54. Mucci C. (2017). Psychoanalysis for a new humanism: Embodied testimony, connectedness, memory and forgiveness for a “persistence of the human”. International Forum of Psychoanalysis, 27(3): 176-187.
  55. Mucci, C. (2017). Ferenczi’s revolutionary therapeutic approach. The American Journal of Psychoanalysis, 77(3): 239-254.
  56. Northoff G. (2011). Neuropsychoanalysis in practice: brain, self and objects. Oxford University Press.
  57. Northoff G. (2015). Resting state activity and the “stream of consciousness” in schizophrenia-neurophenomenal hypotheses. Schizophrenia Bulletin, 41(1): 280-290.
  58. Northoff G. (2016). Is the self a higher-order or fundamental function of the brain? The “basis model of self-specificity” and its encoding by the brain’s spontaneous activity. Cognitive neuroscience, 7(1-4): 203-222., DOI: 10.1080/17588928.2015.1111868
  59. Northoff G. and Bermpohl F. (2004). Cortical midline structures and the self. Trends in cognitive sciences, 8(3): 102-107.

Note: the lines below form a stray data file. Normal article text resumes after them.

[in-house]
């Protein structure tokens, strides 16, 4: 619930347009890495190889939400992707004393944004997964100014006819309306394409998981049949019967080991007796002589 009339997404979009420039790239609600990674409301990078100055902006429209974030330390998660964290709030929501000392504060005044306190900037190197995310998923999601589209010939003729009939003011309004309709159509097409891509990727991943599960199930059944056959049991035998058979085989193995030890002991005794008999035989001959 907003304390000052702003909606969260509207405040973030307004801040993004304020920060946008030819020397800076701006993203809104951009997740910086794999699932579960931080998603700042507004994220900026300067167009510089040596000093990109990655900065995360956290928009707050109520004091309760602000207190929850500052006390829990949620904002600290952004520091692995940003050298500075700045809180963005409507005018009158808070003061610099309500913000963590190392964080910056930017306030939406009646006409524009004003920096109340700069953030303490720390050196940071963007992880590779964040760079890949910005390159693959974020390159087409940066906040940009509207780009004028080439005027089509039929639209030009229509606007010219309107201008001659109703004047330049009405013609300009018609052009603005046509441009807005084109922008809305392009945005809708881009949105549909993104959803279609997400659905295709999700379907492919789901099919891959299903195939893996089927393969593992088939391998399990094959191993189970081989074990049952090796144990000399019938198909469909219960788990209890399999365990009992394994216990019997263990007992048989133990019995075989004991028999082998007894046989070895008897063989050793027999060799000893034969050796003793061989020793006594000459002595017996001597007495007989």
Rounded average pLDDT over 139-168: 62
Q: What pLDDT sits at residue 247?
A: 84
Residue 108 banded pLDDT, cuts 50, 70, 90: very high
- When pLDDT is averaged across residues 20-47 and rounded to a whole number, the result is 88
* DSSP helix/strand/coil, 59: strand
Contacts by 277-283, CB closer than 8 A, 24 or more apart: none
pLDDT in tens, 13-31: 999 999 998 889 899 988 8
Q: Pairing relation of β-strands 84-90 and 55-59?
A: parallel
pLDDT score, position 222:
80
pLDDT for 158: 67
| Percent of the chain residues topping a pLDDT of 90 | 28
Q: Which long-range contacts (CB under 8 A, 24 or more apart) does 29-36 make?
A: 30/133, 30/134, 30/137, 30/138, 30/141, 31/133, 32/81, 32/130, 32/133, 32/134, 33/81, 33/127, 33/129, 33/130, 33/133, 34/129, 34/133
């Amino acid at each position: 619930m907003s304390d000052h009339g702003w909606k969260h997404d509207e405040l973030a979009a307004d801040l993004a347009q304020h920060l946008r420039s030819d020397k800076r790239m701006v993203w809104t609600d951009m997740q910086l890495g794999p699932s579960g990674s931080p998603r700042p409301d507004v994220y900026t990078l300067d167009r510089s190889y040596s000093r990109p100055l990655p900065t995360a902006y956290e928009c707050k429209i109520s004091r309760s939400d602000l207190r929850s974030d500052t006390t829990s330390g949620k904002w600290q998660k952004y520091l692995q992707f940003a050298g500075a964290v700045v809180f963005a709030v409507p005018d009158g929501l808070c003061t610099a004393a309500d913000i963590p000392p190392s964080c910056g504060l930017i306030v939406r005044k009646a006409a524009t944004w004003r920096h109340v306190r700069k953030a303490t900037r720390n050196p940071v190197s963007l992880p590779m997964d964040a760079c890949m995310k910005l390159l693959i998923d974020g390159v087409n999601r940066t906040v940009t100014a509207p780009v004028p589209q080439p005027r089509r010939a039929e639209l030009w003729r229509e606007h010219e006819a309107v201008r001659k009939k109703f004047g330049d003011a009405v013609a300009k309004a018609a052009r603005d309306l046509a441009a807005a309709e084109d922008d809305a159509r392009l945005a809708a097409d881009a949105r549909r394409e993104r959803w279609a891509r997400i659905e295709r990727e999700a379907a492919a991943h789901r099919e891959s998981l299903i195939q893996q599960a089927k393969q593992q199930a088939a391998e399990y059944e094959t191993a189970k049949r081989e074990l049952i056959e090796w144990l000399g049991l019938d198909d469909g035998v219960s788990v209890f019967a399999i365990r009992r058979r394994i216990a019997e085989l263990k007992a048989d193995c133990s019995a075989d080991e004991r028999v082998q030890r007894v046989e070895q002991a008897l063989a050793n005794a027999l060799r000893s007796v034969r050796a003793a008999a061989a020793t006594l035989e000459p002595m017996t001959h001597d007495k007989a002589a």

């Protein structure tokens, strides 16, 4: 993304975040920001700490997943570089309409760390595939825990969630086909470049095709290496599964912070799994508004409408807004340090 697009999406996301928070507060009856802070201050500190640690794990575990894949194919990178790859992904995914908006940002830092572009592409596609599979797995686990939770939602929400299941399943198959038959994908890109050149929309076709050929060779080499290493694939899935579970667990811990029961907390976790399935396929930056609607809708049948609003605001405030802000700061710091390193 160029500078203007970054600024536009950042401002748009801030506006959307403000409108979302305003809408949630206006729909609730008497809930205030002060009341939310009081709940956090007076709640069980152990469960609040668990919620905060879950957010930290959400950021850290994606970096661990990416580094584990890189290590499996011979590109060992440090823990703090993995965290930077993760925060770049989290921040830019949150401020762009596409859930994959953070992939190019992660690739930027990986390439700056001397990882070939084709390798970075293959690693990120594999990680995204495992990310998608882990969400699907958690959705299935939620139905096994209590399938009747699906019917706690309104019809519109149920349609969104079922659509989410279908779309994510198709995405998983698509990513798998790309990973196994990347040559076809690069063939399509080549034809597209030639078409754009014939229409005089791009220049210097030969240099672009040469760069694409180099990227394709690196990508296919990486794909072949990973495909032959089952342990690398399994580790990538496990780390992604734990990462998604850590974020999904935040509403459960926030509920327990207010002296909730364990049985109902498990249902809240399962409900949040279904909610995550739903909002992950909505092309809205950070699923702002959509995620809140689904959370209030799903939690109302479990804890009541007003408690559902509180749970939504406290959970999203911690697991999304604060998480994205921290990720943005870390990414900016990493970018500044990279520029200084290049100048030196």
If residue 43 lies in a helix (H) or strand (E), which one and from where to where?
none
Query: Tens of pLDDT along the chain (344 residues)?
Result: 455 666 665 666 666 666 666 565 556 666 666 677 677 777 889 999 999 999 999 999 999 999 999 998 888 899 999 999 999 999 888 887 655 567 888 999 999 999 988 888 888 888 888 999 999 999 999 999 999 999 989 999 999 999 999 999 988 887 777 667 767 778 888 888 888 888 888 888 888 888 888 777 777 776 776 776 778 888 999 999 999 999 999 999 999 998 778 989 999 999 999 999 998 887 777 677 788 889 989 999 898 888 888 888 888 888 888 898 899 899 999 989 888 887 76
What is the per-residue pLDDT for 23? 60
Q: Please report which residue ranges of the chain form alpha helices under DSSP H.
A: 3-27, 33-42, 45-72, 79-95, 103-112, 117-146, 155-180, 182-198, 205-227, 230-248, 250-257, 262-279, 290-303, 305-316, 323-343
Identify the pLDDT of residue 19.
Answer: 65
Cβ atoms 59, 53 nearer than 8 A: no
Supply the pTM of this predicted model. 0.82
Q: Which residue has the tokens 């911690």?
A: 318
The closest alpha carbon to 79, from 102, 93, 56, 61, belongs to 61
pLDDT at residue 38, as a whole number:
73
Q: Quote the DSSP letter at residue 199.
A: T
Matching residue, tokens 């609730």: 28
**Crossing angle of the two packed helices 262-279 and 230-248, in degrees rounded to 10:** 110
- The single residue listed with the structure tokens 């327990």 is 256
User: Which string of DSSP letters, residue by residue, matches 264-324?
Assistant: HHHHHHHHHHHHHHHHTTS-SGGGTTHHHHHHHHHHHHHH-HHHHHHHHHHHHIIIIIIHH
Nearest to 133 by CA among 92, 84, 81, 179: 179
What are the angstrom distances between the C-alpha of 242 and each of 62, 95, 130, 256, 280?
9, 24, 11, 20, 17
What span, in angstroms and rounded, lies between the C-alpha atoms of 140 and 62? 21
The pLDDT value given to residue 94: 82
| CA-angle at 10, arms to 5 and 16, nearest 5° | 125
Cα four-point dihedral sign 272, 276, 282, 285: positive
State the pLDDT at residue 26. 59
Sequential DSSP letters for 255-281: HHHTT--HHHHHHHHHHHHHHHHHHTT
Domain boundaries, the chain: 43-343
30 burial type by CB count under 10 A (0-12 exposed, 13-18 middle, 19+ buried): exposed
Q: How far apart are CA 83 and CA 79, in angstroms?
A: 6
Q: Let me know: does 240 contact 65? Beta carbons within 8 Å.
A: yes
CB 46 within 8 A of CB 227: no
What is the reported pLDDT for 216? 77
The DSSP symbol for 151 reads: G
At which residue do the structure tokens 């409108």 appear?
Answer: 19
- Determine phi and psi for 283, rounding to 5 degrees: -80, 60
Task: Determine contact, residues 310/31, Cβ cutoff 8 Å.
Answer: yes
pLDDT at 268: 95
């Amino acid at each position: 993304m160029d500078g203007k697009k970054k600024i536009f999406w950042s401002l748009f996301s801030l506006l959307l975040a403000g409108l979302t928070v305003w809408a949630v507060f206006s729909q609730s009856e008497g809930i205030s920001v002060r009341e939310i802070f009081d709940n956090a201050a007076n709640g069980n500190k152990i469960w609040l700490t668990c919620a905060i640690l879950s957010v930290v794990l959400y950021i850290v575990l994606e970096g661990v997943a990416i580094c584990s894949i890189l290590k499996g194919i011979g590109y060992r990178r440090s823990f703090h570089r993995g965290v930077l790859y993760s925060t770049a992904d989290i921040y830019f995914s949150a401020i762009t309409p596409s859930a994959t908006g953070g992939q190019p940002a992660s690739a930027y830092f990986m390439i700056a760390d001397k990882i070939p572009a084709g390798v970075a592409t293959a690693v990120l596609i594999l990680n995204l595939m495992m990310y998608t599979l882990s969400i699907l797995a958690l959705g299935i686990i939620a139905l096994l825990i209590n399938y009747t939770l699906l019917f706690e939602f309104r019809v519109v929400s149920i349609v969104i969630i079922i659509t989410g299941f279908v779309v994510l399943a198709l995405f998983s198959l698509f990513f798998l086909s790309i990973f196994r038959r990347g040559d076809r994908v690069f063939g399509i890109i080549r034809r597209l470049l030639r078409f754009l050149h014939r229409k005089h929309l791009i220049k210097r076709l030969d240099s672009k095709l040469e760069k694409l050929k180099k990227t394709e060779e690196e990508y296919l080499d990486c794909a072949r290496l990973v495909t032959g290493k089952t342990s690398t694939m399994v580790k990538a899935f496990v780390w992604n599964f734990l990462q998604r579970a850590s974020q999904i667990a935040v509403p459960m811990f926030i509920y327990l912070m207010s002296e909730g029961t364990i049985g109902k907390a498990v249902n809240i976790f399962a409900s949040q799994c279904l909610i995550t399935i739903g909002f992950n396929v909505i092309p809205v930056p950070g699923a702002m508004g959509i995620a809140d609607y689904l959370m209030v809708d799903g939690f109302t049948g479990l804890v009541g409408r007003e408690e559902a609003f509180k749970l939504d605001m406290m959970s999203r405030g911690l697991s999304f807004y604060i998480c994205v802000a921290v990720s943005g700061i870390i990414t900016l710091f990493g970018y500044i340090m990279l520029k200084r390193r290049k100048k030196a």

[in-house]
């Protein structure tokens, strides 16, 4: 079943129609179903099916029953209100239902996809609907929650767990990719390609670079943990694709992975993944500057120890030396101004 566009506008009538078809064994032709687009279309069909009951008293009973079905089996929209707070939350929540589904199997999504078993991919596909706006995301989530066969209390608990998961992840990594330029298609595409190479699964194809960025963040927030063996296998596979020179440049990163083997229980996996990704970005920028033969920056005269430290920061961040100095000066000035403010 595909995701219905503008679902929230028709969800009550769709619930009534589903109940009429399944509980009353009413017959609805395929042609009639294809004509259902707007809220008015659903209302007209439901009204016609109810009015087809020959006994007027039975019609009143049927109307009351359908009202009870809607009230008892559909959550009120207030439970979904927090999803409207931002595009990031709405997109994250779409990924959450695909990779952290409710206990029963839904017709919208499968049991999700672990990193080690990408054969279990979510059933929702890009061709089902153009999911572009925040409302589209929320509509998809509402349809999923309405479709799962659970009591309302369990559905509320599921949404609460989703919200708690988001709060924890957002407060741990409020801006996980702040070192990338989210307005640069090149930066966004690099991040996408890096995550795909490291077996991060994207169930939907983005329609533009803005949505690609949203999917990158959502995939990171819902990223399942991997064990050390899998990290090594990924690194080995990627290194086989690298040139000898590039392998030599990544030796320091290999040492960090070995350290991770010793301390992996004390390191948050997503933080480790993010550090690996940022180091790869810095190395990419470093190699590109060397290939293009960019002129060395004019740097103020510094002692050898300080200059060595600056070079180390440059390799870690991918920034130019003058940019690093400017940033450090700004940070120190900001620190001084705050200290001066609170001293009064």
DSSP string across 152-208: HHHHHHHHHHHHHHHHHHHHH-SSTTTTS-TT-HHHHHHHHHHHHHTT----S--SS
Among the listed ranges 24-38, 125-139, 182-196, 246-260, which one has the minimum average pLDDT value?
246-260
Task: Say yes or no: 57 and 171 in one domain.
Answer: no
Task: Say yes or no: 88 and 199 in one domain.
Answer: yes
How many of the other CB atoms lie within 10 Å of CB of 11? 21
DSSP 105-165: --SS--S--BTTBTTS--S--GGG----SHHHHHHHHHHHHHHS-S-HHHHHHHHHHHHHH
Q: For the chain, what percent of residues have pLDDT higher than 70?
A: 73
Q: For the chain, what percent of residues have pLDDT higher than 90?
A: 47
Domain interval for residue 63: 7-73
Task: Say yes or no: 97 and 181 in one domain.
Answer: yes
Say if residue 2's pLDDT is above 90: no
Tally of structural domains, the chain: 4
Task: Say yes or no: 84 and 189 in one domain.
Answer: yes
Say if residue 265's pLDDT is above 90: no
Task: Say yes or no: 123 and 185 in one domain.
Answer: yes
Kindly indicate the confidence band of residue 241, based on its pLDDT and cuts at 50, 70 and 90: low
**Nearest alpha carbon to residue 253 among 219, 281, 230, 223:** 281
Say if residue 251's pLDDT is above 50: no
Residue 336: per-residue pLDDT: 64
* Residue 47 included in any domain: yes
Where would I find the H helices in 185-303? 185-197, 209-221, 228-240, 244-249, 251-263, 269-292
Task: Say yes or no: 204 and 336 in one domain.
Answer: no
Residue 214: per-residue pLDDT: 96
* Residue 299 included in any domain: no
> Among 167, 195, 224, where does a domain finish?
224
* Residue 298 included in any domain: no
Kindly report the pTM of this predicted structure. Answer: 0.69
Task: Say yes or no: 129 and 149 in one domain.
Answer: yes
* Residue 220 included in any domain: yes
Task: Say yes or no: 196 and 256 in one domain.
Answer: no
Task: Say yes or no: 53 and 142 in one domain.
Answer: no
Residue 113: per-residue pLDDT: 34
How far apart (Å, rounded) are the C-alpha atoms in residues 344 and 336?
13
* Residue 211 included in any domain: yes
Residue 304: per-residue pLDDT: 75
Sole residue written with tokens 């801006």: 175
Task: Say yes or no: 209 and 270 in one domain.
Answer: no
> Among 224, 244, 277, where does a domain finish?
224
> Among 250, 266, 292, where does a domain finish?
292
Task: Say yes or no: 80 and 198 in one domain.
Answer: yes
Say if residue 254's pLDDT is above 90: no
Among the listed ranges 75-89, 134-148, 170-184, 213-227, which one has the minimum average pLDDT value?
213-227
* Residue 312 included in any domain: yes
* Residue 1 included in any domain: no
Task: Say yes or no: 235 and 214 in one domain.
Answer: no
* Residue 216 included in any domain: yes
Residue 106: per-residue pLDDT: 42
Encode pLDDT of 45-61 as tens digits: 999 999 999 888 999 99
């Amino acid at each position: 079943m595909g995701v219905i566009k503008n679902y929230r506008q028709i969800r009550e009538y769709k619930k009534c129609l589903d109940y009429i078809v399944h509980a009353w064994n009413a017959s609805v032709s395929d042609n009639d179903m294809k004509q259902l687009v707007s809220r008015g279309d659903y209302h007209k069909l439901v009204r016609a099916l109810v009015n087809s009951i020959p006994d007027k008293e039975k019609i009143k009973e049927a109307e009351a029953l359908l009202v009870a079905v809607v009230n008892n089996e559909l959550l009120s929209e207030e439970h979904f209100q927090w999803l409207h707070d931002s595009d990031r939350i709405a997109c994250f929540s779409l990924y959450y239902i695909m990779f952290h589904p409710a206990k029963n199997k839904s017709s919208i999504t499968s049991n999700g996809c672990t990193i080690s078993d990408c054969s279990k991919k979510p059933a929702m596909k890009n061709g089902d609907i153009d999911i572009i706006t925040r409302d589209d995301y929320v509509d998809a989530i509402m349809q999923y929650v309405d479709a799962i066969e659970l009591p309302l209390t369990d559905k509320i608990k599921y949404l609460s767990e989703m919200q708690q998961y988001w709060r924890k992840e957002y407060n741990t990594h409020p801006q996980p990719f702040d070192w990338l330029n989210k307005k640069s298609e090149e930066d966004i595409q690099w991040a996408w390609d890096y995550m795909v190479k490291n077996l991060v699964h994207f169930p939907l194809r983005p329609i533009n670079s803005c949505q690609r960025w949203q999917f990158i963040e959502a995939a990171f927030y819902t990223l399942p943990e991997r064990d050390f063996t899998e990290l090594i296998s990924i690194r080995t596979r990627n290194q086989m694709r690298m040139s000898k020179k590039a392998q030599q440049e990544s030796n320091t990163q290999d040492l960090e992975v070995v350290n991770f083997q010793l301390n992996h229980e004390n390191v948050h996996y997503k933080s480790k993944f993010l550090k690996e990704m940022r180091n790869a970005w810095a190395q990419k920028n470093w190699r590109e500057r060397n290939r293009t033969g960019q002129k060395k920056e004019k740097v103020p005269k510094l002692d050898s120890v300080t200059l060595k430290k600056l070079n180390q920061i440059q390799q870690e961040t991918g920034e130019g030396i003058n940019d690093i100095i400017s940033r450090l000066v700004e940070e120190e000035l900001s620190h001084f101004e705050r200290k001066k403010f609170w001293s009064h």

60. Northoff G. and Panksepp J. (2008). The trans-species concept of self and the subcortical-cortical midline system. Trends in cognitive sciences, 12(7): 259-264.
  61. Northoff G., Heinzel A., De Greck M., Bermpohl F., Dobrowolny H. and Panksepp J. (2006). Self-referential processing in our brain – a meta-analysis of imaging studies on the self. Neuroimage, 31(1): 440-457.
  62. Northoff G., Schneider F., Rotte M., Matthiae C., Tempelmann C., Wiebking C., Bermpohl F., Heinzel A., Danos P., Heinze H.J., Bogerts B., Walter M. and Panksepp J. (2009). Differential parametric modulation of self‐relatedness and emotions in different brain regions. Human brain mapping, 30(2): 369-382.
  63. Panksepp J. (1998). The periconscious substrates of consciousness: Affective states and the evolutionary origins of the self. Journal of consciousness studies, 5 (5-6): 566-582.
  64. Panksepp J. and Biven L. (2012). The archaeology of mind: neuroevolutionary origins of human emotions (Norton series on interpersonal neurobiology). New York: WW Norton & Company.